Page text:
Saint Rita , Italian Stigmatic

Saint Rita (1381 , 1457) was an Italian Augustinian saint and like many young girls , was married at a young age. When 12, Rita was married to a man named Paolo Mancini, which was arranged by her parents. However, Rita had other plans and endlessly pleaded with her parents to permit her entry into a convent. Sadly, the man she married (Paolo) was wealthy, but had a quick temper and treated those around him in a brute manner and was known for his uncontrolled actions. All through the region, her husband was known for making quite a few enemies.

As a wife, Rita took many insults and abuse during her marriage to Paolo, who was quite unfaithful to her for the 18 years that they were married. She gave birth to two sons and was met with great heartache, as they grew up to become carbon copies of their father. Before his death, Paolo attempted to change his life and become a better Catholic. By his side , Rita assisted this transformation. As a result, his character became softer. In the end, his allies betrayed his trust and sent people to take his life. They were successful in killing him one night , meeting his end with several violent stab wounds.

Before his death, he is believed to have repented to the Church for all of his sins and made amends with Rita for how he treated her. She granted him forgiveness. After his death, Rita was left to care for their sons, who were consumed with thoughts of revenge. Rita desperately tried to convince them that killing his conspirators was murder. She spent a great deal of time praying that they did not carry out their revenge.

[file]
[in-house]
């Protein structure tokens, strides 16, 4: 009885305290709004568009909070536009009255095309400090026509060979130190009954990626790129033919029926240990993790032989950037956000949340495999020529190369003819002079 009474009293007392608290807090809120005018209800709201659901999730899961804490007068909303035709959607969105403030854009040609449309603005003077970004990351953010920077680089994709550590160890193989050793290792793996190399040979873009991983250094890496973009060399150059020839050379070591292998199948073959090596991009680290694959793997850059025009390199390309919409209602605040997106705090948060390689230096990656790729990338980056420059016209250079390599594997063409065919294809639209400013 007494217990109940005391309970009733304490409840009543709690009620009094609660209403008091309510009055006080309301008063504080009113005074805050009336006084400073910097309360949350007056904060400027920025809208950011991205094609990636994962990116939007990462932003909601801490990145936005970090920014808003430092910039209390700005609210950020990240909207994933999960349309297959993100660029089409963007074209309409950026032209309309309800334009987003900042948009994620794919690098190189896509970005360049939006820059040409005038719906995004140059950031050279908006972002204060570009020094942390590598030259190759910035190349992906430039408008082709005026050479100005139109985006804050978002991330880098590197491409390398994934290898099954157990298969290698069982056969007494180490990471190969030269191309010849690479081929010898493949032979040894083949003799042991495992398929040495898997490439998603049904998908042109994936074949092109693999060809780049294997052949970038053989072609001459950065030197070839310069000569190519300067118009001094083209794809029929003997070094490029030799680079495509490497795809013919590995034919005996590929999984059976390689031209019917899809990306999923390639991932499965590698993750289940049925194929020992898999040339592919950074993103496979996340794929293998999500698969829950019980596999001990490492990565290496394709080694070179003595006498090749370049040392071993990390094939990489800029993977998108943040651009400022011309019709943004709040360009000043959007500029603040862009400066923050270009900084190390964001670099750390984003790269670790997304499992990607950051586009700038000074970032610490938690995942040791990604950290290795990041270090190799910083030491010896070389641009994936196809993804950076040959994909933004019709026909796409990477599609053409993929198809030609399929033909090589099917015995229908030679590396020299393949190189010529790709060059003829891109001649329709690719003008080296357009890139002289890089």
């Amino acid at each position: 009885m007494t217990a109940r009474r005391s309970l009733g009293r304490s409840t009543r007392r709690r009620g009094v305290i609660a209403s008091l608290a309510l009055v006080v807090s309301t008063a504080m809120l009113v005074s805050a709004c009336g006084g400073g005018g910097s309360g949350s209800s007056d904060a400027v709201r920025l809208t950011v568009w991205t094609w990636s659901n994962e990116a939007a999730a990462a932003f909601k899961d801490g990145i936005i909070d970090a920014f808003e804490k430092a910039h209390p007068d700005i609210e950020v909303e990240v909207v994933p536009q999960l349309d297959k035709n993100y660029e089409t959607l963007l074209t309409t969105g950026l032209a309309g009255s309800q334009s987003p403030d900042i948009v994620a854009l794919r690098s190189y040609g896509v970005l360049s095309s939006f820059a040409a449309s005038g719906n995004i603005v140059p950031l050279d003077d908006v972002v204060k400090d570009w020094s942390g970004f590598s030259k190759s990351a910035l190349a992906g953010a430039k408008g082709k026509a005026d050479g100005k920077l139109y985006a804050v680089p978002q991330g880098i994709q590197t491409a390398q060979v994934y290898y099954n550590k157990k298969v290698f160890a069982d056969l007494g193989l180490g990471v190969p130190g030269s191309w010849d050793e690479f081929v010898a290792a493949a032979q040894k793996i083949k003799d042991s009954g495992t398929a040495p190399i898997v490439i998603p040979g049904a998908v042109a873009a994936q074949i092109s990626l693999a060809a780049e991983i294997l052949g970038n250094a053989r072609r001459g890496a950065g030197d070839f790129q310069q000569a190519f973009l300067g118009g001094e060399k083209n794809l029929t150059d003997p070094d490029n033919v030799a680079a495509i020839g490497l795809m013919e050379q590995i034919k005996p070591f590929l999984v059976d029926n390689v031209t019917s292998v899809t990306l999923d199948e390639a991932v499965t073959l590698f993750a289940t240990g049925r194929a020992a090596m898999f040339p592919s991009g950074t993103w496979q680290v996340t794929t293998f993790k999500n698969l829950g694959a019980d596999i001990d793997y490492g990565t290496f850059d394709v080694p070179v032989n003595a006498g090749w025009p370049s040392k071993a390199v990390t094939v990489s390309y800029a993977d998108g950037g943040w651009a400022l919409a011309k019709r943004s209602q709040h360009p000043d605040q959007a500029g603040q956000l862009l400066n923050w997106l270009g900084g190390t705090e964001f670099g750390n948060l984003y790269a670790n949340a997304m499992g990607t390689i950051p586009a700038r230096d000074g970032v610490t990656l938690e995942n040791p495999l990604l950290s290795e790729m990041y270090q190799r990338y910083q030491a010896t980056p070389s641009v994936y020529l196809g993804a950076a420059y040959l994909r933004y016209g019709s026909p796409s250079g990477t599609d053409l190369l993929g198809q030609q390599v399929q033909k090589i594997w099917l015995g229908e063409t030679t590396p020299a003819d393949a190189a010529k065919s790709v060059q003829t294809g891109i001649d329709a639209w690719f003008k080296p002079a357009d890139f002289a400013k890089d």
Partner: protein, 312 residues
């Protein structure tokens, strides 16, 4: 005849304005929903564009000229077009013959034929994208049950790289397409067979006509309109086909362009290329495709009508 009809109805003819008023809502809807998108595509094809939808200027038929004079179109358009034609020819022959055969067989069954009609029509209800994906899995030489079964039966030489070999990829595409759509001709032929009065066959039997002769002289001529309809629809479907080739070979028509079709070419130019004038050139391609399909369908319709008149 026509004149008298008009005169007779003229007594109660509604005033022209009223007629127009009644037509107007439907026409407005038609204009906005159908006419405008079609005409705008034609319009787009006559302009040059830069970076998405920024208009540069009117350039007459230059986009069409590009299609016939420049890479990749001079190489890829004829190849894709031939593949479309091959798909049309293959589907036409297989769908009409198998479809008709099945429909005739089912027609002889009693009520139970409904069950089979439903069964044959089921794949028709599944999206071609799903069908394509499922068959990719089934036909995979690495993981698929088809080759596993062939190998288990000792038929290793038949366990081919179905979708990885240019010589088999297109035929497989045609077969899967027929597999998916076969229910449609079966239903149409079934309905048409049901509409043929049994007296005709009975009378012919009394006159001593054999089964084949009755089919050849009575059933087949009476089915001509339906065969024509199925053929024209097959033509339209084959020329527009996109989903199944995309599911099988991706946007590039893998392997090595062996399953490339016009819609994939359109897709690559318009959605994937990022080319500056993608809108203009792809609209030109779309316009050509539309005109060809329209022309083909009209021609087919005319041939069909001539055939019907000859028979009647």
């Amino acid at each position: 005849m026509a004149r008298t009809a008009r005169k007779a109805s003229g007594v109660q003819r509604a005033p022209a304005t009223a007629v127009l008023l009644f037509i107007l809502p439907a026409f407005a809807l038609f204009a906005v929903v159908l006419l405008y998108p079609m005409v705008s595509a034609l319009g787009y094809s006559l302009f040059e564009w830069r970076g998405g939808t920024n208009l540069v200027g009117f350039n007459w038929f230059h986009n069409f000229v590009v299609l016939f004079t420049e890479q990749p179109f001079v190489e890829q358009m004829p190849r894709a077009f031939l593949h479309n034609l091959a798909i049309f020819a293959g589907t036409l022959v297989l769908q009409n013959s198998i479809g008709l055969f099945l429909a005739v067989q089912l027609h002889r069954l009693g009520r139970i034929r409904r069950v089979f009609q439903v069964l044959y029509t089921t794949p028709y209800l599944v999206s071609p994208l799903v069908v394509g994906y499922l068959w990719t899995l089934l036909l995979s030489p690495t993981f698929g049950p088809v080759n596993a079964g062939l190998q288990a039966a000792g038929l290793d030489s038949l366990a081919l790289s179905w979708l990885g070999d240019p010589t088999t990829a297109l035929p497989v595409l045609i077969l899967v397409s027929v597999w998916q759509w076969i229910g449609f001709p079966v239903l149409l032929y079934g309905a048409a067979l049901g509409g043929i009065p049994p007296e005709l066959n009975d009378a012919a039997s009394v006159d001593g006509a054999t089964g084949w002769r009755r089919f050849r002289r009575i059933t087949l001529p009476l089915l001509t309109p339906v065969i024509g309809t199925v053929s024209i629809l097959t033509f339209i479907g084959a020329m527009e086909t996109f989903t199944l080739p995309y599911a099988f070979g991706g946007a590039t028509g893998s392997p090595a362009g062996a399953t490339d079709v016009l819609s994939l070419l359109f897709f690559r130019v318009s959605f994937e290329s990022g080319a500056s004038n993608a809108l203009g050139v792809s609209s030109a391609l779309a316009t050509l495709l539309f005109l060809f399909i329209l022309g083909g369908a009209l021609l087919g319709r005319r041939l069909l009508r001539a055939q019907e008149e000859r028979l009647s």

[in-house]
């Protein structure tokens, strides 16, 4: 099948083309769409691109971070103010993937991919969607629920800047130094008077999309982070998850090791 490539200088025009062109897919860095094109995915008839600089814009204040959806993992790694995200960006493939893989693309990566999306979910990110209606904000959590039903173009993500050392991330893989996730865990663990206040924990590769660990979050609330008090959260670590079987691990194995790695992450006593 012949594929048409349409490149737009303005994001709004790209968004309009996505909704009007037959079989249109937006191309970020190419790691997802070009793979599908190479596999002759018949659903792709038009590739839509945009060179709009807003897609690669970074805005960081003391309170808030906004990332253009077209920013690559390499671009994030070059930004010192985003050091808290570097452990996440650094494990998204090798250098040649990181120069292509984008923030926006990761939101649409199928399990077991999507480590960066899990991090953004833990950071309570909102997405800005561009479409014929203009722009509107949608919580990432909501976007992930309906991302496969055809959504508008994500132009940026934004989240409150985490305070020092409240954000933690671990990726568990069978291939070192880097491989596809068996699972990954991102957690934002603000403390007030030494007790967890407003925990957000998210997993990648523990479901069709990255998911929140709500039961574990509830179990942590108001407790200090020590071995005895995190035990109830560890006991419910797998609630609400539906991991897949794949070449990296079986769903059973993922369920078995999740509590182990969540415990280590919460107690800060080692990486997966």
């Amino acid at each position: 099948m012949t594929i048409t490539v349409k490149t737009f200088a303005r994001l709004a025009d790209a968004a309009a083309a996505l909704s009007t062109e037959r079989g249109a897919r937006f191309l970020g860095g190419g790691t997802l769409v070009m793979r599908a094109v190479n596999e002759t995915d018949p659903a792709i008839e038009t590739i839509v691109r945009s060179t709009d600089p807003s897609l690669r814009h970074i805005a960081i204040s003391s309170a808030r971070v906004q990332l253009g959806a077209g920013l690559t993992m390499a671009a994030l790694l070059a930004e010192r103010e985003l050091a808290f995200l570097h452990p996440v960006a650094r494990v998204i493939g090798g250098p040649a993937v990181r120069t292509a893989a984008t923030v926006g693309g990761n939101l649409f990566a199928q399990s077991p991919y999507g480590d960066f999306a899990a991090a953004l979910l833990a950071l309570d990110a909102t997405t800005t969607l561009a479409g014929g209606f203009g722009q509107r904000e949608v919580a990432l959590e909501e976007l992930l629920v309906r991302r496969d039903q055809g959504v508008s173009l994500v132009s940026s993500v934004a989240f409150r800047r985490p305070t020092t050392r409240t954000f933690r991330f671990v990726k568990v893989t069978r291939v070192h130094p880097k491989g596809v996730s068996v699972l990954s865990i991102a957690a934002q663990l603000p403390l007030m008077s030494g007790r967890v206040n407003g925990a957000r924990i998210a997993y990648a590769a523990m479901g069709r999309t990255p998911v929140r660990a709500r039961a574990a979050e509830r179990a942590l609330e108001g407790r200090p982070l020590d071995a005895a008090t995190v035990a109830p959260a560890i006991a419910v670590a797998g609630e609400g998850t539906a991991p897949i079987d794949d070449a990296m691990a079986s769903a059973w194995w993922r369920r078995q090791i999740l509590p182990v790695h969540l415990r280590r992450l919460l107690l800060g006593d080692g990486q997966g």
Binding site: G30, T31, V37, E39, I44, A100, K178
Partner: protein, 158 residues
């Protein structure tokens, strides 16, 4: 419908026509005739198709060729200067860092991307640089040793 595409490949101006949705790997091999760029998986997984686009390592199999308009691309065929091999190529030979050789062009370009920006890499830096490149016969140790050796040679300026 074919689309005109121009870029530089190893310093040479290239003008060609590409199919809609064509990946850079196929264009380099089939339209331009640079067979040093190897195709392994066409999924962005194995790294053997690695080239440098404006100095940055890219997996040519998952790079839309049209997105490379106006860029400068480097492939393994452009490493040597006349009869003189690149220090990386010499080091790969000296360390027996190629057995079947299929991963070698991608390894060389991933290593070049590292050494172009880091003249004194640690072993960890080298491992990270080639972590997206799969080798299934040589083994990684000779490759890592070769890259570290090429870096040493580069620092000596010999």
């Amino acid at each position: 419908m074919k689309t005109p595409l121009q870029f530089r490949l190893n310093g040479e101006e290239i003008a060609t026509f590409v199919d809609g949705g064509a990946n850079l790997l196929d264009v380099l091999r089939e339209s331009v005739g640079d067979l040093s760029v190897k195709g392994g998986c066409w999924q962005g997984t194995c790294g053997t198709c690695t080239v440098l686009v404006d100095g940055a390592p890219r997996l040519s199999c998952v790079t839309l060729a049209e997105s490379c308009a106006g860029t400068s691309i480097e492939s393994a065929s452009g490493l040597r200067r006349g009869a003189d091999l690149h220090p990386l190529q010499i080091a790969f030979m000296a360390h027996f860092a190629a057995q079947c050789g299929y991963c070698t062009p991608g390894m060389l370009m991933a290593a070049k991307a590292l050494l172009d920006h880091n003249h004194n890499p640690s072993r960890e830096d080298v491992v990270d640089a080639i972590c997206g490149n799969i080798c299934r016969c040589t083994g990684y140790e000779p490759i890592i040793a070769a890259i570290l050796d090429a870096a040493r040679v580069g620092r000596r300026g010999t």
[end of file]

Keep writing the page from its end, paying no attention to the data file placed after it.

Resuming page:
In the end, her sons James and Paul would die of natural causes , both begging for the forgiveness of their mother. With the passing of her husband and children, Rita wished to enter a monastery named Saint Mary Magdalene at Cascia, but was turned away for being a widow. One of the requirements to becoming part of the convent was to be a virgin. She kept asking for entry on more than one occasion and was given the chance if she was able to succeed in one thing. If she could reconcile her family with the men her murdered her husband, then she would gain entry.

Rita spent a lot of time and hard work trying to reach this objective and following the reconciliation of both clans , she was allowed to enter. Rita was now 36 years old. Legend has it that despite locked doors, Rita’s patron saints of Saint John the Baptist, Saint Augustine, and Saint Nicholas of Tolentino transported her into the convent through the movement of miracles while all of the sisters were asleep. When Rita was discovered in the morning, the sisters had no choice but to accept her when they concluded how she came to be in their presence.

While at the convent, it is believed that a thorn detached from the crown of thorns associated with Christ and found a place upon her forehead. This is why when you encounter depictions of St Rita , she is seen with a head wound. At the monastery, Rita lived by the Augustinian Rule (which was based upon the 109th letter of St. Augustine) until her passing in 1457.